Linear structures
work for Web sites that are
small in size and have a clearly
defined order
of
pages


In an
augmented

linear

structure
, each page
contains an additional link back to an opening
page

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Linear Structures

A linear structure

An augmented linear
structure

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Hierarchical Structures


In the
hierarchical structure
, the pages are
linked going from the home page down to
more specific pages


Users can easily move from general to specific
and back again

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Hierarchical Structures

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Mixed Structures


As Web sites become larger and more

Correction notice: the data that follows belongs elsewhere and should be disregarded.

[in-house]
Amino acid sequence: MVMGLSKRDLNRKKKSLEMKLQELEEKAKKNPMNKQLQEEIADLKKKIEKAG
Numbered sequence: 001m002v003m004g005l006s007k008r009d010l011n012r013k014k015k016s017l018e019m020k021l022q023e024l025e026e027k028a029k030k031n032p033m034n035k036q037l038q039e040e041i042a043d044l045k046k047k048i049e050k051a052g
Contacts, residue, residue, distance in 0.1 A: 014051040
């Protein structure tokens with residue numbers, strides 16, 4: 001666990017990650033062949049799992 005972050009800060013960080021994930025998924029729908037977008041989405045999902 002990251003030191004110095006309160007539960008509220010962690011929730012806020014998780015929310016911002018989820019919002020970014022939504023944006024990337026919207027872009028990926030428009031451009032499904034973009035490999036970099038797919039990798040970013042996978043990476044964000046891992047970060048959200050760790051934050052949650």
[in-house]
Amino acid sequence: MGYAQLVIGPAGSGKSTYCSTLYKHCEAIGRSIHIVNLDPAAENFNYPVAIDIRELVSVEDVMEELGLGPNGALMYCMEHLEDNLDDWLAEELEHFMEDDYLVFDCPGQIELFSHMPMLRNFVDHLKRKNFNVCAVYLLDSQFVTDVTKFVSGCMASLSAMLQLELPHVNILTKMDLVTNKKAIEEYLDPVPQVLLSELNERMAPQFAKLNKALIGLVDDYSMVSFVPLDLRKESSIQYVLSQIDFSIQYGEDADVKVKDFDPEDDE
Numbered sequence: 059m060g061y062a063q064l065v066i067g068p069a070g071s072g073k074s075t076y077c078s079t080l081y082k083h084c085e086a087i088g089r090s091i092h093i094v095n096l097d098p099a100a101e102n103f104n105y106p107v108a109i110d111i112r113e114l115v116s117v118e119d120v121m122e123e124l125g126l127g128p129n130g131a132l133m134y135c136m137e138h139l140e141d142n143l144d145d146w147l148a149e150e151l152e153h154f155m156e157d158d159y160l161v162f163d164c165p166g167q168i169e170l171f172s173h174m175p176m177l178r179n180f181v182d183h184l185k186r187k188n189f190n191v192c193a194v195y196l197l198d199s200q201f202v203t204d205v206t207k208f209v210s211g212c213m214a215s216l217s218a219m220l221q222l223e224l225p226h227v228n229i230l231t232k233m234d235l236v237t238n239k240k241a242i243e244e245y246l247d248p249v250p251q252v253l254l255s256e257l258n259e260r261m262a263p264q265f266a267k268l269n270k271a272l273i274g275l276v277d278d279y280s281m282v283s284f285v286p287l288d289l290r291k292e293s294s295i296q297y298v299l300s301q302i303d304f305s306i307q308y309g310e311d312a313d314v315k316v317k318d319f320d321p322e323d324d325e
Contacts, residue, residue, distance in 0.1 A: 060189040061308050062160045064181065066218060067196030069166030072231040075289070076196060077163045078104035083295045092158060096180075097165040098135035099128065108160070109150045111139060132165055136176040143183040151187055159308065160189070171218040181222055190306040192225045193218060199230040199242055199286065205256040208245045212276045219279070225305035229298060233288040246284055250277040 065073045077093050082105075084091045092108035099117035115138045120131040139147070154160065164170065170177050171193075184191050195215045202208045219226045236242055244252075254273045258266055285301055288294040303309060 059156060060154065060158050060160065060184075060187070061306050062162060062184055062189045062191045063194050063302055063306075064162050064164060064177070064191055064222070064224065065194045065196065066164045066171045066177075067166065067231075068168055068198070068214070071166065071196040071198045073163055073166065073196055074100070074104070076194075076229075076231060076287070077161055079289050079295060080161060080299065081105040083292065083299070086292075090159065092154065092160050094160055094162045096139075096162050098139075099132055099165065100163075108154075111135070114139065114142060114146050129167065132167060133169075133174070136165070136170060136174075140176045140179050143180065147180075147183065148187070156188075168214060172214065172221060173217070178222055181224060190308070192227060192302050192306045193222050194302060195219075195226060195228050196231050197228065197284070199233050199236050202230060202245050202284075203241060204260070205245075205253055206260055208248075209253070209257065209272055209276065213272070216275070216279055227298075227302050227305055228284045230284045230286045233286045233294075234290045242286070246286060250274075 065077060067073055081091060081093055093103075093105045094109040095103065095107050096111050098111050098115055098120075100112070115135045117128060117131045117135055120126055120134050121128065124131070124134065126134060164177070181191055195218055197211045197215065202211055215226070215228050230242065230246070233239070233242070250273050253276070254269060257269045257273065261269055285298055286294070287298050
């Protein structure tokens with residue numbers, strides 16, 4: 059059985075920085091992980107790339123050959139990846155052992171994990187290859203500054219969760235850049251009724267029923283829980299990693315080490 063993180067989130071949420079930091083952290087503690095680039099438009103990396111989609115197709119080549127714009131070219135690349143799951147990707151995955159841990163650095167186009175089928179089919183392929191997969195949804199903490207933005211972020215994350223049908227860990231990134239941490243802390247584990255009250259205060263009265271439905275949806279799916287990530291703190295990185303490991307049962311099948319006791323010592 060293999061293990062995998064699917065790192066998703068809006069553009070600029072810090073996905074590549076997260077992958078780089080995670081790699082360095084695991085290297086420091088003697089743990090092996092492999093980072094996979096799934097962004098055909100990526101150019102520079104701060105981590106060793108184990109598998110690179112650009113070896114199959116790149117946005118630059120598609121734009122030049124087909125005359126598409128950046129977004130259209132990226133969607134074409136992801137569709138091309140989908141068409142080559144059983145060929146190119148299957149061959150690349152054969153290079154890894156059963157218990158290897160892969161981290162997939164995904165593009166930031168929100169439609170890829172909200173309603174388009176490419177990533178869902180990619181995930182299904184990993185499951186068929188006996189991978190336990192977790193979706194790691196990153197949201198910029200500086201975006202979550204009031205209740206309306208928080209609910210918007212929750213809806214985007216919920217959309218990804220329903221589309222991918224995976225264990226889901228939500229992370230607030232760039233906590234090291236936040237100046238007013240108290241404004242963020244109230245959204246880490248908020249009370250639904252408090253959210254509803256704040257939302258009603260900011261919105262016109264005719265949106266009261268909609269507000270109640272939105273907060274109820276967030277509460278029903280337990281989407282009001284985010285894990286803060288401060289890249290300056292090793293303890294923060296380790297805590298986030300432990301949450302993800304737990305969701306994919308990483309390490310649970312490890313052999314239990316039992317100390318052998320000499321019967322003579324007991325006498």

complex, you often need to use a combination
of several different structures


The overall form can be
hierarchical
, allowing
the user to move from general to specific;
however, the links also allow users to move
through the site in a
linear

fashion


A
site index

is a page containing an outline of
the entire site and its contents

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Mixed Structures

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Web Site with No Coherent
Structure

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Protected Structures


Sections of most commercial Web sites are
off
-
limits except to subscribers and registered
customers

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Creating a Navigation List


Every Web site should include a
navigation
list